Politics

Biden decries Trump’s ‘singular responsibility’ for the Capitol riot

“This isn’t about being bogged down in the past,” Biden said. “This is about making sure the past isn’t buried. That is what great nations do. They don’t bury the truth.”

Calling out Trump and his GOP allies marks a notable tonal shift for Biden. Since taking office, he’s largely held off on sharp barbs toward the foe he could face again in 2024. But Biden hewed to one of his post-election conventions on Thursday: He did not use Trump’s name while criticizing the former president.

“I did not want it to turn into a contemporary political battle between me and the [former] president,” Biden explained to reporters after the speech.

Trump responded with a meandering statement that blasted Biden for having “used my name today to try to further divide America” and went after the president’s approach to inflation, Afghanistan and immigration.

Biden’s speech to a still-reeling Capitol complex — which described rioters as “holding a dagger to the throat of America” — comes as Democrats prepare for a day of events marking the one-year anniversary of the riot with their leaders trying to emphasize unity and sober reflection. Republicans, for their parts, have largely spent the year falling in line behind Trump and his allies’ efforts to downplay the attack.

“The former president’s supporters are trying to rewrite history,” Biden said in Statuary Hall, the room off the House chamber that a year ago was swarmed by rioters and suffocated by tear gas. “Can you think of a more twisted way to look at this country?” Biden asked.

His remarks, preceded by Vice President Kamala Harris, are the first in a series of Thursday events planned by Speaker Nancy Pelosi — nearly all focused on those who endured the attack in the Capitol, rather than those behind the violence. That includes a moment of prayer, a series of member testimonials, and a prayer vigil on the Capitol steps.

But few, if any, Republicans are expected to attend those gatherings on Thursday as the bulk of their party remains deeply loyal to Trump. GOP leaders have urged their colleagues to spend the day focused on the security flaws at the Capitol rather than engage in any direct validation of the traumatic effects of the riot.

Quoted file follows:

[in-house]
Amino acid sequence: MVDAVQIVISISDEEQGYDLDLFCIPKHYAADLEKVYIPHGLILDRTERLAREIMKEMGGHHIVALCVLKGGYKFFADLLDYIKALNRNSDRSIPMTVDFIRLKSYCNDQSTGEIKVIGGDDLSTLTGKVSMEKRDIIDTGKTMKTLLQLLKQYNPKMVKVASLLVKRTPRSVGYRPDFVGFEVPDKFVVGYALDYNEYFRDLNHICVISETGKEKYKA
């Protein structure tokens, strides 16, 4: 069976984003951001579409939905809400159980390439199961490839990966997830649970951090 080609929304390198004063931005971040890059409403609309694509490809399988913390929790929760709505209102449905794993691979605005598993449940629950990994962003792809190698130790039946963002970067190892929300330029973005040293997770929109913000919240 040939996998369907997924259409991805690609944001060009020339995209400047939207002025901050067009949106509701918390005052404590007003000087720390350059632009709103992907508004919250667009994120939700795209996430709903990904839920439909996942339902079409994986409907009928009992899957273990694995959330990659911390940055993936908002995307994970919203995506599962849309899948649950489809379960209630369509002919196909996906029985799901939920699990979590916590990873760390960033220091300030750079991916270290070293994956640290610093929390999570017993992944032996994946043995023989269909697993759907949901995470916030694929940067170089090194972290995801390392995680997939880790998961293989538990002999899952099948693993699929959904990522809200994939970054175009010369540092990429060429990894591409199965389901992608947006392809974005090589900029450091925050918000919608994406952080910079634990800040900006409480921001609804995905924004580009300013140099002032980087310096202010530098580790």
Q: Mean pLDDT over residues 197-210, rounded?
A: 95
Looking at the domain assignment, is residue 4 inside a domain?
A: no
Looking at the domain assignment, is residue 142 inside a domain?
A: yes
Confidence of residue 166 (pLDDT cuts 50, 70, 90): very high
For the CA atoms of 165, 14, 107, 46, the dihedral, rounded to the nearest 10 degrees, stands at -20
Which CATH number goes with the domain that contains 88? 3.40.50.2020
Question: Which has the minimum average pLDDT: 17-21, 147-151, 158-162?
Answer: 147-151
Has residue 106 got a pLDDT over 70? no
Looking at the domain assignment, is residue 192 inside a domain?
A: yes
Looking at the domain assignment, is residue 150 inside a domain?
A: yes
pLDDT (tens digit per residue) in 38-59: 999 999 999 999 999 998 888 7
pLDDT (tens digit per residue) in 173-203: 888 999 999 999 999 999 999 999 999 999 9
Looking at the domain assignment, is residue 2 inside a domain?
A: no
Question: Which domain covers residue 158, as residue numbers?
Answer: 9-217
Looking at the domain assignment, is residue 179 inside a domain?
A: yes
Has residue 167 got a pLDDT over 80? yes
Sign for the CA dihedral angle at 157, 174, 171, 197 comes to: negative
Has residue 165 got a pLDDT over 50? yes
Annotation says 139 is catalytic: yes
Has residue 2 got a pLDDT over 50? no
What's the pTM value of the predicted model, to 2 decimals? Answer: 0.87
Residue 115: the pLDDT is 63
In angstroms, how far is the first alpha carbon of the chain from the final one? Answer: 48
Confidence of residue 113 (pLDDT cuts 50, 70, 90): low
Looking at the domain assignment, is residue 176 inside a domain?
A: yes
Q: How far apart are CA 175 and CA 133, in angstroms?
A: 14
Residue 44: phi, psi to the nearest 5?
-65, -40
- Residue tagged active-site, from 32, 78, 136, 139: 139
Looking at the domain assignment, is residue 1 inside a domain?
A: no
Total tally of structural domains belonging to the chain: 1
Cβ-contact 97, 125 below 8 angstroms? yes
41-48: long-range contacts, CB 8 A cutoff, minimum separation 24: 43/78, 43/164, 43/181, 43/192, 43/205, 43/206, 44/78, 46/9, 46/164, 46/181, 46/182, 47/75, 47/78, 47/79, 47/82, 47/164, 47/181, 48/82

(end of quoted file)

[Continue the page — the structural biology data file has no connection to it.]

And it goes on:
Although Trump himself called off a planned Thursday press conference amid GOP concerns that it could backfire, his biggest supporters in the House still intend to promote a distorted narrative of what occurred that day. Two of them, Reps. Marjorie Taylor Greene of Georgia and Matt Gaetz of Florida, are gearing up for a press conference where they’re expected to repeat conspiracy theories related to the riot.

A smaller number of House Republicans, particularly some of the 10 who joined Democrats to impeach Trump for inciting the riot last year, continued to condemn the former president.

“Any reasonable person could have seen the potential for violence that day. Yet, our President did nothing to protect our country and stop the violence. The actions of the President on January 6th were nothing short of reprehensible,” Rep. Tom Rice (R-S.C.), one of the 10 who voted to impeach Trump, said in a statement.

Senate Minority Leader Mitch McConnell, who said the mob was “provoked by” Trump in the immediate aftermath of the riot, released a Thursday statement that did not mention Trump by name. McConnell called the Capitol assault a “disgraceful scene” and “antithetical to the rule of law,” though he also blasted Democrats’ attempt to use the anniversary to advance election reforms as an exploitation of the anniversary.

Harris alluded to that messaging in her remarks Thursday, calling on the Senate to advance voting rights legislation. Senate Republicans have signaled openness to a narrower change to the Electoral Count Act — passed more than a century ago to govern the certification of presidential election results — but without the broader changes to election administration that are insisted upon by top Democrats.

In the House, Democrats have led a year-long investigation into the Jan. 6 attack alongside anti-Trump GOP Reps. Liz Cheney of Wyoming and Adam Kinzinger of Illinois. The panel has interviewed more than 300 witnesses and pored over thousands of pages of documents as it prepares to move toward more public hearings this year before presenting their findings in a report.

Investigators have continued their work this week even with the House out of session. Former Trump press secretary Stephanie Grisham met with the panel on Wednesday evening, and on Tuesday evening the committee requested information from Fox News host Sean Hannity.

But the lasting impact of the Jan. 6 select panel’s work remains unclear. Democrats are racing to finish their investigation by year’s end, as their grip on their majority looks increasingly in doubt ahead of the November midterms. Several members of the panel are also retiring from Congress.

Republicans — who have blasted the Democratic-led committee’s work as a partisan cudgel — would be highly unlikely to finish up where the panel left off. Minority Leader Kevin McCarthy, who earlier last year said Trump “bears responsibility” for the attack, has lately trained his frustration on Democrats and accused them of politicizing the pro-Trump attack.

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